On the Robustness of Neural Network: Attacks and Defenses
Neural networks provide state-of-the-art results for most machine learning tasks. Unfortunately, neural networks are vulnerable to adversarial examples. That is, a slightly modified example could be easily generated and fool a well-trained image classifier based on deep neural networks (DNNs) with high confidence. This makes it difficult to apply neural networks in security-critical areas.
To find such examples, we first introduce and define adversarial examples. In the first part, we then discuss how to build adversarial attacks in both image and discrete domains. For image classification, we introduce how to design an adversarial attacker in three different settings. Among them, we focus on the most practical setup for evaluating the adversarial robustness of a machine learning system with limited access: the hard-label black-box attack setting for generating adversarial examples, where limited model queries are allowed and only the decision is provided to a queried data input. For the discrete domain, we first talk about its difficulty and introduce how to conduct the adversarial attack on two applications.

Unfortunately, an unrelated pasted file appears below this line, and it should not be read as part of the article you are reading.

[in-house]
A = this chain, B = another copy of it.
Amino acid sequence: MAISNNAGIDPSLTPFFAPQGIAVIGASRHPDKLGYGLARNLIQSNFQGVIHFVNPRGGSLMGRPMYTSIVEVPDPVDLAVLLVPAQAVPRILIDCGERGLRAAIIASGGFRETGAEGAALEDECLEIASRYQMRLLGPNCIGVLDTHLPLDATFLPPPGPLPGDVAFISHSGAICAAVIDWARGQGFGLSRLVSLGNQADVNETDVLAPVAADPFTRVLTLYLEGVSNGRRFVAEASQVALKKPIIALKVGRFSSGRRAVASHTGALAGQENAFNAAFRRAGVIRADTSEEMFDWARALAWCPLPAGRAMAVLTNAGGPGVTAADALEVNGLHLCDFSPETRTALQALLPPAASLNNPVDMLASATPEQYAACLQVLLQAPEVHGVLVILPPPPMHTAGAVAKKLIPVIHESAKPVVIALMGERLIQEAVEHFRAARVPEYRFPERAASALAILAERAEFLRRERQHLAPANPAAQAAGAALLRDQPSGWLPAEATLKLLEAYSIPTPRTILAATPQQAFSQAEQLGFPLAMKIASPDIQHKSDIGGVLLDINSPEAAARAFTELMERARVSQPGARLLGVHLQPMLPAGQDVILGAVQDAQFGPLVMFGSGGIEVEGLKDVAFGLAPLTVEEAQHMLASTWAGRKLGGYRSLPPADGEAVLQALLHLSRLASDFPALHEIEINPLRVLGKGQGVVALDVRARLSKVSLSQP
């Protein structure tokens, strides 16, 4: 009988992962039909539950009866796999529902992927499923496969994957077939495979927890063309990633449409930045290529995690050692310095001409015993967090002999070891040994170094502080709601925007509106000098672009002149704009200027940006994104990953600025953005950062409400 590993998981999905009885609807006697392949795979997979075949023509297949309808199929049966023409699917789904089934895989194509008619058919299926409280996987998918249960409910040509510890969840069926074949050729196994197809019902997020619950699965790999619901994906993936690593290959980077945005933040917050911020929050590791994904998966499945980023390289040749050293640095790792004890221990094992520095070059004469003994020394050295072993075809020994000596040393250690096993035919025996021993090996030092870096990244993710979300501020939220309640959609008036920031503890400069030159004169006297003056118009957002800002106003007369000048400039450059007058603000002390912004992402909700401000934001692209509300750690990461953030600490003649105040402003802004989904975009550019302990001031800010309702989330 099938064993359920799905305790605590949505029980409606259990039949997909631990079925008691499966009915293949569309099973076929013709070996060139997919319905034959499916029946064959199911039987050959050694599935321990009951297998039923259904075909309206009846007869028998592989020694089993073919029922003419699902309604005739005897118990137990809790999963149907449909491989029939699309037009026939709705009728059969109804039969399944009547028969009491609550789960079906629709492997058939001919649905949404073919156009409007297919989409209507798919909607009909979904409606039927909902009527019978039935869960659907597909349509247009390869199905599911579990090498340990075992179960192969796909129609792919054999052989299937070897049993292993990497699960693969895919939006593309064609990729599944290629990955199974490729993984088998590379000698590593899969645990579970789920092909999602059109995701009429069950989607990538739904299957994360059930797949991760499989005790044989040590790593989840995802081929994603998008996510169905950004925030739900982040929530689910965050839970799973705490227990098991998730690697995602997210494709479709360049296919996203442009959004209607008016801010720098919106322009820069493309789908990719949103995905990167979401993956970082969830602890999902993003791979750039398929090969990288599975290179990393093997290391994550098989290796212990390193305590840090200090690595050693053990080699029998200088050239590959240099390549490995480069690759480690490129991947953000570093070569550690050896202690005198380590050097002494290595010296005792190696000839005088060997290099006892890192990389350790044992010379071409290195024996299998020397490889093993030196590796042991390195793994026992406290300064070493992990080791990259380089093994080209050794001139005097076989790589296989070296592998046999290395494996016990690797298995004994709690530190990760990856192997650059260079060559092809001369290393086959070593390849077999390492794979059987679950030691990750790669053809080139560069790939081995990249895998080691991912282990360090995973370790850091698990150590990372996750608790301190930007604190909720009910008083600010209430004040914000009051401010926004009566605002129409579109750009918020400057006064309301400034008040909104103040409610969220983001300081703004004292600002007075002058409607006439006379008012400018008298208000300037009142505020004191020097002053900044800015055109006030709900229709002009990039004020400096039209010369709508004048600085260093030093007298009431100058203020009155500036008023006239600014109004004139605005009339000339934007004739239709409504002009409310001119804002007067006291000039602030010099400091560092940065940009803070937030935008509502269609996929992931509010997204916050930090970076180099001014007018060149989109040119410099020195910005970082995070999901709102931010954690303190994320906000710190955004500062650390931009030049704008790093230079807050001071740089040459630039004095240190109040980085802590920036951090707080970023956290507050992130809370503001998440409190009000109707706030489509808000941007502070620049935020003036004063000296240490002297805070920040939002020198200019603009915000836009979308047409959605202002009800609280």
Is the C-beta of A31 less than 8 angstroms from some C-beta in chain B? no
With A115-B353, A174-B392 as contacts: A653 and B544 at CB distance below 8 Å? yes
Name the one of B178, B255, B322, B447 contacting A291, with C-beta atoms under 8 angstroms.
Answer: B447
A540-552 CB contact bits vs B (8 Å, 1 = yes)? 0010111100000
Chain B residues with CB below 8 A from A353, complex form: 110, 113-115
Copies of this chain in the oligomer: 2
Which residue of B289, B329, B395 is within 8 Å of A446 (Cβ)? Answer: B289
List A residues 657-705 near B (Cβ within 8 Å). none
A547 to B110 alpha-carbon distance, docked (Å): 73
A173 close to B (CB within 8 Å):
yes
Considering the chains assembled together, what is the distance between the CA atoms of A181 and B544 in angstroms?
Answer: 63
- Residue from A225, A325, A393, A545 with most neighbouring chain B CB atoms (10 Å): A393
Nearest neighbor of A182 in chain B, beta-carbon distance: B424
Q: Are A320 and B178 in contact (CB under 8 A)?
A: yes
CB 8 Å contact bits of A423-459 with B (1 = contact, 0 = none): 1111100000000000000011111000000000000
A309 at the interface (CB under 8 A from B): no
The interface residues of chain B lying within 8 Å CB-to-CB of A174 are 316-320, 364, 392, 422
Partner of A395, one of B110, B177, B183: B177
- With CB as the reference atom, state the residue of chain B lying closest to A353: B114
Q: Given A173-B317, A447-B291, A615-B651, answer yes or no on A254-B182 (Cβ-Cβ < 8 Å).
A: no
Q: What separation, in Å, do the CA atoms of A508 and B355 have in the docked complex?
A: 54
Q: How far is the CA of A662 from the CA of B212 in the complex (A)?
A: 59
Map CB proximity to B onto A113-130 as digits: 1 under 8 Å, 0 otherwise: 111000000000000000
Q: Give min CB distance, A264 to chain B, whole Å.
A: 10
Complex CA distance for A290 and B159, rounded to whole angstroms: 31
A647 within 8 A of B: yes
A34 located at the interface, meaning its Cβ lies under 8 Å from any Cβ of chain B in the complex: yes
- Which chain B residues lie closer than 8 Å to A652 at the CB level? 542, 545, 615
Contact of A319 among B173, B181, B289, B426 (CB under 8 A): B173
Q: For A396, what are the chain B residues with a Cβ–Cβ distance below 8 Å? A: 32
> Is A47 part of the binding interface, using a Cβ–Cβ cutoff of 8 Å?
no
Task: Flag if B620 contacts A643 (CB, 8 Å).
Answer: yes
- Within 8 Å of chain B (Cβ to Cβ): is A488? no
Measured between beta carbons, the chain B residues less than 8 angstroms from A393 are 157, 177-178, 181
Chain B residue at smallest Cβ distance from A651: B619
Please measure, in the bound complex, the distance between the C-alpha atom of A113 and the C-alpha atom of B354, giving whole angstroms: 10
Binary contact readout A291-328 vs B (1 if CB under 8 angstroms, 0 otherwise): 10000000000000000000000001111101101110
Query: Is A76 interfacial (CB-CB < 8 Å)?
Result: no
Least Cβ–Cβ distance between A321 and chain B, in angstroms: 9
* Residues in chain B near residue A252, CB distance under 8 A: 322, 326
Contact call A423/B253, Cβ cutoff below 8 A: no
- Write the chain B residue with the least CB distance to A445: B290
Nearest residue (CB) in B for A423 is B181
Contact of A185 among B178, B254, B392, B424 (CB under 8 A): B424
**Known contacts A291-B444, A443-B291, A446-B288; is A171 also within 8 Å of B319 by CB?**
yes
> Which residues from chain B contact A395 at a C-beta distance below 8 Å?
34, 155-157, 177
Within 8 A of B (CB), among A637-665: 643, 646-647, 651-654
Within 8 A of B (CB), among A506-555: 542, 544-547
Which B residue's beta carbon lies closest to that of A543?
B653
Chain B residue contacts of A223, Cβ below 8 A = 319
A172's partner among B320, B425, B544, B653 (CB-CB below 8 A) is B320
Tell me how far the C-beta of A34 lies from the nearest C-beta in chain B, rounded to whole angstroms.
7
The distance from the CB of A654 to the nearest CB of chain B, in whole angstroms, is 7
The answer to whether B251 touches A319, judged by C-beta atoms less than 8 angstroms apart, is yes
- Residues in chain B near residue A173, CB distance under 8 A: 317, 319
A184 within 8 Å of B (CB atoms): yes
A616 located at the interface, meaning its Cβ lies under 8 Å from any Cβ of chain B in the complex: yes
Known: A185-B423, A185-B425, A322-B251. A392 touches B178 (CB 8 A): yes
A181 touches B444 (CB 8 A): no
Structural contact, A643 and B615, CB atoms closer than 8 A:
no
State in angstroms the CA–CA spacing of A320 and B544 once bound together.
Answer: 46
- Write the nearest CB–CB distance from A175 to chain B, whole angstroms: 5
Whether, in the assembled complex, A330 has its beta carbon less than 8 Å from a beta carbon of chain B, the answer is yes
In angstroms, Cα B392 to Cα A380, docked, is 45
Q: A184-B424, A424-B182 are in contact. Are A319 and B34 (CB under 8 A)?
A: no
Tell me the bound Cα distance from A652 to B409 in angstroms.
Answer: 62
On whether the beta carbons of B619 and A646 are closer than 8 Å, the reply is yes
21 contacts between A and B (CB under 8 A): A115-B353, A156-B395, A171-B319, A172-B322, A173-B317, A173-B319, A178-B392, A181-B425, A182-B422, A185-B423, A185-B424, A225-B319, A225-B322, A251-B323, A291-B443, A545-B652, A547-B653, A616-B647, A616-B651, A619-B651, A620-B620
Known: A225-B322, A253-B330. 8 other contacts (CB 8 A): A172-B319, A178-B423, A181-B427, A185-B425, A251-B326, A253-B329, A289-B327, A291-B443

While crafting adversarial examples is an important technique to evaluate the robustness of DNNs, there is a huge need for improving the model robustness as well. Enhancing model robustness under new and even adversarial environments is a crucial milestone toward building trustworthy machine learning systems. In the second part, we talk about the methods to strengthen the model's adversarial robustness. We first discuss attack-dependent defense. Specifically, we first discuss one of the most effective methods for improving the robustness of neural networks: adversarial training and its limitations. We introduce a variant to overcome its problem. Then we take a different perspective and introduce attack-independent defense. We summarize the current methods and introduce a framework-based vicinal risk minimization. Inspired by the framework, we introduce self-progressing robust training. Furthermore, we discuss the robustness trade-off problem and introduce a hypothesis and propose a new method to alleviate it.